The Trump administration plans to reinterpret a Cold War-era arms agreement between 34 nations with the goal of allowing U.S. defense contractors to sell more American-made drones to a wide array of nations, three defense industry executives and a U.S. official told Reuters.
The policy change, which has not been previously reported, could open up sales of armed U.S. drones to less stable governments such as Jordan and the United Arab Emirates that in the past have been forbidden from buying them under the 33-year-old Missile Technology Control Regime (MTCR), said the U.S. official, a former U.S. official and one of the executives. It could also undermine longstanding MTCR compliance from countries such as Russia, said the U.S. official, who has direct knowledge of the policy shift.
Reinterpreting the MTCR is part of a broader Trump administration effort to sell more weapons overseas. It has overhauled here a broad range of arms export regulations and removed the U.S. from international arms treaties including the Intermediate-Range Nuclear Forces Treaty and the Open Skies Treaty.
Sidestepping the accord would allow U.S. defense contractors General Atomics Aeronautical Systems Inc and Northrop Grumman Corp to break into new markets currently dominated by less sophisticated offerings from China and Israel, which do not participate in the MTCR.
Heidi Grant, the Pentagon’s Director of Defense Technology Security Administration, declined to comment on the pending MTCR policy change but said the U.S. military is eager to see drone sales expanded to more countries. Such sales would bolster the militaries of allies and replace drones sales from other nations, she said.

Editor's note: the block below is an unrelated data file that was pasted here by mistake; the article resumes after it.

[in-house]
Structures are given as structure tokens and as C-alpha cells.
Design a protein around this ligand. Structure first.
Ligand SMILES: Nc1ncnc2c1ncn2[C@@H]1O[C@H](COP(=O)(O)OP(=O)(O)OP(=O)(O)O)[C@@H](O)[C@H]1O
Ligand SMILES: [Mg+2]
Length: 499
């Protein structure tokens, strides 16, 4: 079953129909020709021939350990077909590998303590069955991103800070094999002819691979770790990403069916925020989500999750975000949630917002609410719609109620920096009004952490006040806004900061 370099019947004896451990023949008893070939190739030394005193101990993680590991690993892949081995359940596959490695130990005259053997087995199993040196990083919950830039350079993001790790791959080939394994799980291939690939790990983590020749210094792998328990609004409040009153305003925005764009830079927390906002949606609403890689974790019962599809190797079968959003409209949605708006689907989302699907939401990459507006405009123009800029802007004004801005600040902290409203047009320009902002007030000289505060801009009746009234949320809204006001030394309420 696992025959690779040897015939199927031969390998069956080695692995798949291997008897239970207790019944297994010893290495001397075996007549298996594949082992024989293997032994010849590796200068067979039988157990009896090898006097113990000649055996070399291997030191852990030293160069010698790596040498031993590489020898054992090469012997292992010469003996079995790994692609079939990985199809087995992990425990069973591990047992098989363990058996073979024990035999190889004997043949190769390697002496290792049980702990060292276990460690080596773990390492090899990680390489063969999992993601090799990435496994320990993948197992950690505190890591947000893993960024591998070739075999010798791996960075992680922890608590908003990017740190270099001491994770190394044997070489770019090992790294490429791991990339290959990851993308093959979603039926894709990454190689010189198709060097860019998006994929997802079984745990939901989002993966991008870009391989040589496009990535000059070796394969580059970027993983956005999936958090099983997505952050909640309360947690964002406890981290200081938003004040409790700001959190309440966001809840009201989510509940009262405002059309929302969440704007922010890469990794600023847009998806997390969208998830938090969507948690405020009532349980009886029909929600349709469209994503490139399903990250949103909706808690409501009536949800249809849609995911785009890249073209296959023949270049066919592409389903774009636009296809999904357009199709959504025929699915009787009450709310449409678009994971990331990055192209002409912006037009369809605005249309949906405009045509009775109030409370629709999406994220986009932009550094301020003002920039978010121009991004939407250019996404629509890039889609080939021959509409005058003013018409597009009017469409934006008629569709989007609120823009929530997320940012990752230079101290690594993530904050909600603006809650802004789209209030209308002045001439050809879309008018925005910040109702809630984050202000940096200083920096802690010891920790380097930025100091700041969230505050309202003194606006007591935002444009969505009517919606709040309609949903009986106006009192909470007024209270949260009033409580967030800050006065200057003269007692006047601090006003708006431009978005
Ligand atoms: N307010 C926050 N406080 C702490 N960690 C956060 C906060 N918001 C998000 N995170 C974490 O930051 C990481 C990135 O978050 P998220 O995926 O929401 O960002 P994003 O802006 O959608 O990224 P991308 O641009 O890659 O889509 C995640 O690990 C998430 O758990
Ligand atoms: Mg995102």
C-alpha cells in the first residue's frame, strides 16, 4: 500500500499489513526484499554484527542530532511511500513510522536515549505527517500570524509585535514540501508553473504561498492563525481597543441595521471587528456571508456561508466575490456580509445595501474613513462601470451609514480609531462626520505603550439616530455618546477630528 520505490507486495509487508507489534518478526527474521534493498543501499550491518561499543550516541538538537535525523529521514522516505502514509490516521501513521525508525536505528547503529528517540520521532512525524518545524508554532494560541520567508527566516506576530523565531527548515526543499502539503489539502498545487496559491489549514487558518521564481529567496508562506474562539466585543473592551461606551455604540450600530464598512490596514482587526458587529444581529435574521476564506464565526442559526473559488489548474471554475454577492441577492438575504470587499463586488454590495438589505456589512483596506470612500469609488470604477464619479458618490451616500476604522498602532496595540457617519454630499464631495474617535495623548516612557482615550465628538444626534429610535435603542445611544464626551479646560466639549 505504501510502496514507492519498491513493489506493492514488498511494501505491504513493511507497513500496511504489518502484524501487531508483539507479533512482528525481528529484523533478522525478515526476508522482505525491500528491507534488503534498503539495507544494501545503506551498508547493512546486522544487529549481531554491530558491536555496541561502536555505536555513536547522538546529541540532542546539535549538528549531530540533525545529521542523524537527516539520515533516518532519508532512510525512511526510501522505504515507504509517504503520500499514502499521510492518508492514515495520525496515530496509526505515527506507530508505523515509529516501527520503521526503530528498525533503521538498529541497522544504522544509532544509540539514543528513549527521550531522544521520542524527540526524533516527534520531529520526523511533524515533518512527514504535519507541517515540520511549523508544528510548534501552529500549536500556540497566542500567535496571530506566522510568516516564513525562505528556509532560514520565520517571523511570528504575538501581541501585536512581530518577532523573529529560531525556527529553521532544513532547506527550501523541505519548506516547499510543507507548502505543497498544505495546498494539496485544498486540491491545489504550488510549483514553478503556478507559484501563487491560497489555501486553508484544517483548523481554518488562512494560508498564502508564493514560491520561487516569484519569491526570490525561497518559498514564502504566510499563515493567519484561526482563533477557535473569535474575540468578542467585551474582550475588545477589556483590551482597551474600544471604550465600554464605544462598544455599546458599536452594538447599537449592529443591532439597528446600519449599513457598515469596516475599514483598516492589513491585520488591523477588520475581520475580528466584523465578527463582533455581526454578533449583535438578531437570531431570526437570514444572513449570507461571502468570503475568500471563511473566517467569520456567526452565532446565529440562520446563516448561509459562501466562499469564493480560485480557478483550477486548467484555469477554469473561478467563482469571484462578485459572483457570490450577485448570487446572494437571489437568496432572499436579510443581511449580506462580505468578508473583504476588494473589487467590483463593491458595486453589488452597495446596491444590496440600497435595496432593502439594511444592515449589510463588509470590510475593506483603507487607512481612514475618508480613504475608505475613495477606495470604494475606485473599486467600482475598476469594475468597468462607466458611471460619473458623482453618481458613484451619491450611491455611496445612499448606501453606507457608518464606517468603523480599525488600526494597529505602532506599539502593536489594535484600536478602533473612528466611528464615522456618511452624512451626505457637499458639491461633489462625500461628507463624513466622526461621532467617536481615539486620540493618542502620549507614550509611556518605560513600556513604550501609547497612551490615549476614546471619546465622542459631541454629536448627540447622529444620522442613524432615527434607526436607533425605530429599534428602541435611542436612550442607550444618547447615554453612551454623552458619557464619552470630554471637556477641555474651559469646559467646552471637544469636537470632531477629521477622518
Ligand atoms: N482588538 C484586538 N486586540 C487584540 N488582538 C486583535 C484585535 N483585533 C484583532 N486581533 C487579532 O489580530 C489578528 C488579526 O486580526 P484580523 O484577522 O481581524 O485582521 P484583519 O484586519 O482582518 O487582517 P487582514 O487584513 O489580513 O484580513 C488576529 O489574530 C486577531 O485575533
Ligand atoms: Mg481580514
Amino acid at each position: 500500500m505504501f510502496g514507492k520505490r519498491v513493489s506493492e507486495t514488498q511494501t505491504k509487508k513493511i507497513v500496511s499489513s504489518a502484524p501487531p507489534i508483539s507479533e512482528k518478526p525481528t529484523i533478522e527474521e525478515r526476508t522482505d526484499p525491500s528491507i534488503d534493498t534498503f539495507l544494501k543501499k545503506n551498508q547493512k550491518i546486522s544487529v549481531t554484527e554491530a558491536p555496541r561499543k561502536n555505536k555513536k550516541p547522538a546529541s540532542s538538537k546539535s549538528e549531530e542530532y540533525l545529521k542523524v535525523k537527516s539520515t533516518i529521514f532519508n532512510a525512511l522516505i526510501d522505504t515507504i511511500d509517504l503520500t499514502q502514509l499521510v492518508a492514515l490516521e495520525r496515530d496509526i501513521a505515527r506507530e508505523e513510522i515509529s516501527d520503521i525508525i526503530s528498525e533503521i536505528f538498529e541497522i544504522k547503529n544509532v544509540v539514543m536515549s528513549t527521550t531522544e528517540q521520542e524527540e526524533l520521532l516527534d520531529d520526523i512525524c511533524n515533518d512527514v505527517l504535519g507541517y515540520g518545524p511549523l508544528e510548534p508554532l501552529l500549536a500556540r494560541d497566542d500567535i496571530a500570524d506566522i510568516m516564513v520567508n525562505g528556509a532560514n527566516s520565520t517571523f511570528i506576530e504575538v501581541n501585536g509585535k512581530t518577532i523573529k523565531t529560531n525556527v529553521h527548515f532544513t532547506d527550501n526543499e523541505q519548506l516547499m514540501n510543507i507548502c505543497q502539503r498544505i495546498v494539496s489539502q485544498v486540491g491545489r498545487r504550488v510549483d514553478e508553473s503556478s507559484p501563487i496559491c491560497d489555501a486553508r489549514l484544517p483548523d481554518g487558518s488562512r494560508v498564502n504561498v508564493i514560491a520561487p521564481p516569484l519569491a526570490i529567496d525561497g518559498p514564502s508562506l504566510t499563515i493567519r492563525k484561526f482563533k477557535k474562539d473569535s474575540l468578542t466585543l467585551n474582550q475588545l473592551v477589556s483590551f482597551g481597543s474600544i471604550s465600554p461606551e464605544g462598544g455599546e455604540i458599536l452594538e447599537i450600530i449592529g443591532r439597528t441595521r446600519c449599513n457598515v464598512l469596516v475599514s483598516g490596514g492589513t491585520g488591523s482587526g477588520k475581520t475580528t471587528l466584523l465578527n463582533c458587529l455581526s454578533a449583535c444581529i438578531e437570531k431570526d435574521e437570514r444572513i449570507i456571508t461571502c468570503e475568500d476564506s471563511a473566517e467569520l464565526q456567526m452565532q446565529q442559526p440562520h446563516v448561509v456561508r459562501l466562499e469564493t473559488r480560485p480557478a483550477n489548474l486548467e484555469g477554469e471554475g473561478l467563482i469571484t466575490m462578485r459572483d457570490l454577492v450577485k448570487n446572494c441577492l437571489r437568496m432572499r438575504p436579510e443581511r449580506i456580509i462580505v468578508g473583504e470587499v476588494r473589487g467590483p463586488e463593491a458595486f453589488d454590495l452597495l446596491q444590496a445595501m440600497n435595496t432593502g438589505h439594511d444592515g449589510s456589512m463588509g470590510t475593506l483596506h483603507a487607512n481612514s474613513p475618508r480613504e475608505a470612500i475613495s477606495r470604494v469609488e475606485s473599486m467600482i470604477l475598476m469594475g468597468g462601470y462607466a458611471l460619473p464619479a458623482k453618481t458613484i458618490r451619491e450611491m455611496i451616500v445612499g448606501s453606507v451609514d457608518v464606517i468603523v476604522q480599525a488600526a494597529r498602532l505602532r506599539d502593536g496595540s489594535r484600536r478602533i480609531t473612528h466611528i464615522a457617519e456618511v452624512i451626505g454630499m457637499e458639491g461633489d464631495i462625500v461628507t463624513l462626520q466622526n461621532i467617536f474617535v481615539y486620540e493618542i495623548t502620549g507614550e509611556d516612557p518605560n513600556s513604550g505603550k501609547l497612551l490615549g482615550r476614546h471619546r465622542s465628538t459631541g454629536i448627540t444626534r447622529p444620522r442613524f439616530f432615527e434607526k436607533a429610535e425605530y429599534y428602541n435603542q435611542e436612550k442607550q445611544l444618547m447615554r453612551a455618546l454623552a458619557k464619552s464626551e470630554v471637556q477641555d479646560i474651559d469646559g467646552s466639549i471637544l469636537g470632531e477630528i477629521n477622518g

“If we are unable to meet this growing demand, we shoot ourselves in the foot,” Grant told Reuters.
She said the drones would help allies fight terrorism, establish border control and generally help stop threats before they reach the United States. Grant declined to name specific nations the Pentagon believes should get more U.S.-made weapons.
The State Department, which makes final decisions on drone sales, declined to comment on the policy change. The White House also declined to comment.
U.S. agencies including the departments of Commerce, Energy, Justice and Homeland Security agreed to the change in May, and the State Department is expected to approve the first drone sales under the new interpretation as soon as this summer, said the U.S. official and industry executives. They said the administration has already notified Northrop Grumman and General Atomics, the two major U.S. drone makers, of its plans.
The change is scheduled for a review by the White House National Security Council at its June 16 meeting, said one of the executives and a former U.S. official with knowledge of the internal policy discussions. The council is expected to support the policy change and discuss a possible White House announcement, they said.
The Trump administration is pressing ahead with its revamp of drone export policy under pressure from American manufacturers and despite objections from human rights advocates, who warn of the risk of fueling instability in hot spots including the Middle East and South Asia.
Expanded sales of armed drones could increase global conflicts, said Rachel Stohl, a weapons expert at the Stimson Center in Washington, a think tank focused on security issues that opposes weapons proliferation.
“Once they leave U.S. control, we lose our ability to influence how and where they are used,” she said.
UAV DACH: Beitrag im Original auf https://www.uasvision.com/2020/06/15/us-to-change-policy-on-overseas-drone-sales/, mit freundlicher Genehmigung von UAS Vision automatisch importiert. Der Beitrag gibt nicht unbedingt die Meinung oder Position des UAV DACH e.V. wieder. Das Original ist in englischer Sprache.